The following works, two centuries old, provide evidence that
accommodation of the eye to different distances is a result of the
changing the shape of the cornea or of the eye as a whole.
They are reprinted from Philosophical Transactions of the Royal
Society of London, 1794-1802. Conspicuously absent from this collection
is the work by Thomas Young, whose theory that was the lens and the lens
only changes in shape during accommodation. He published two articles in
defense of his theory, one in 1794, and another (his most famous and
widely cited), in 1801. Young's theory is the only one that prevails
today in "scientific" circles, with the exception that Young thought the
lens to contain muscles, and now the ciliary muscles are said to be
responsible for controlling the lens's shape, as was proposed by
Hermann von Helmholtz in the 1840s.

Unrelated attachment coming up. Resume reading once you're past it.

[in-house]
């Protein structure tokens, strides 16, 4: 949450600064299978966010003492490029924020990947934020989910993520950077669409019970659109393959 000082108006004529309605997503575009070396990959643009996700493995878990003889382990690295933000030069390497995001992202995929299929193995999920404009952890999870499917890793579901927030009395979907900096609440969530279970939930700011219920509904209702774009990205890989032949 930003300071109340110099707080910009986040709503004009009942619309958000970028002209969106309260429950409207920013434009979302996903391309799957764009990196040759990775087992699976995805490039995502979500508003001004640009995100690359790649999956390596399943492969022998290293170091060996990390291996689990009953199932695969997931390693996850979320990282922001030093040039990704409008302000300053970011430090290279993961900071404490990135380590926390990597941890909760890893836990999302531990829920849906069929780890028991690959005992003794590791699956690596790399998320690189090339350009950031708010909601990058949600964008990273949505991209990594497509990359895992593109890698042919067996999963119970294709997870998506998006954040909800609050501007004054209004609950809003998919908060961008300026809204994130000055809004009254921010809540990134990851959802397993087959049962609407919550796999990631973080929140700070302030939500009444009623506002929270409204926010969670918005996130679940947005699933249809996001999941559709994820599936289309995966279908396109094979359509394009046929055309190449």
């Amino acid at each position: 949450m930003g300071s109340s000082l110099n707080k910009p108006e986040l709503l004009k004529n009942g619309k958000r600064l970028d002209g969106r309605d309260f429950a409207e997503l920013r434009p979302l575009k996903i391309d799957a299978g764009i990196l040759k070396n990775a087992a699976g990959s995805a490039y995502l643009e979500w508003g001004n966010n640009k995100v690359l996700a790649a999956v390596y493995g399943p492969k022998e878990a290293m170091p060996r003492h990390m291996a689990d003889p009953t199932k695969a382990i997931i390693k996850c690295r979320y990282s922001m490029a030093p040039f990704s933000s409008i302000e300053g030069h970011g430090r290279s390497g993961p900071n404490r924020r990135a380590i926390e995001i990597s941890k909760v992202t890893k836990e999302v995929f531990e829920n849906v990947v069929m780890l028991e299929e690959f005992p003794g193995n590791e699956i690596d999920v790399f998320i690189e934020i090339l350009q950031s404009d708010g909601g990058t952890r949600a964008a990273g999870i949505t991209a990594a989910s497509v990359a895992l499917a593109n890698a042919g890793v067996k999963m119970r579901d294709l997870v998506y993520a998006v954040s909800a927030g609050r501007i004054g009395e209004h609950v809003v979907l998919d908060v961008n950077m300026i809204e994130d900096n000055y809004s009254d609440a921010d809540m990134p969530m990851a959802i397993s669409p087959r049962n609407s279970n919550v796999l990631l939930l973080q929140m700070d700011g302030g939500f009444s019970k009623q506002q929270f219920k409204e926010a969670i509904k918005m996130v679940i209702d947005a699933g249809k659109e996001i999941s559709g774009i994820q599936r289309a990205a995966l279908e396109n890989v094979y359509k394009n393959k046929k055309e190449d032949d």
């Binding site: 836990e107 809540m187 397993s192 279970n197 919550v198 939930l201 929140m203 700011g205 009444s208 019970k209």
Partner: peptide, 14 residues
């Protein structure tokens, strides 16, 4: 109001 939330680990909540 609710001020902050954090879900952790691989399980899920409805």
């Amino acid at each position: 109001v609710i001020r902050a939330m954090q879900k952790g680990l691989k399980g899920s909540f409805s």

Extraocular Muscles and their Effect on the Shape of the Eye
While most have abandoned the theory that the cornea is a dynamic part of
the eye, a few 20th century experiments support the idea that the cornea
changes more rapidly than is usually assumed.
- Mr. Pierce Smith. "Observations on the Structure of
the Eyes of Birds." And mammals for that matter. The author examines
the interface between the recti muscles and cornea in birds and
quadrupeds. Considerations about the human eye are also given.
Illustrated. (Published 1795)
- David Hosack, MD. "Observations on Vision."
An argument that the extraocular muscles are responsible for
accommodation in humans. Illustrated. (Published 1794)
- Everard Home, Esq.: The Croonian Lectures on Muscular Motion.
- 1794 Croonian Lecture.
Anatomical and experimental evidence that the cornea changes during
the eye's adjustment to different distances; extraocular muscles
must be involved. Illustrated. (Published 1795)
- 1795 Croonian Lecture.
Further evidence for corneal change during accommodation. Theory expanded
to include movement of lens and elongation of eye via ciliary and
extraocular muscles Illustrated. (Published 1796)
- 1801 Croonian Lecture.
Demonstration of accommodation in various lensless eyes. (Published 1802)
In 1931 Optometrist J.W. Parker wrote an article on instant
Corneal Astigmatism evidently produced by the extraocular muscles.
See also the bibliography,
The Incredible Changing Cornea.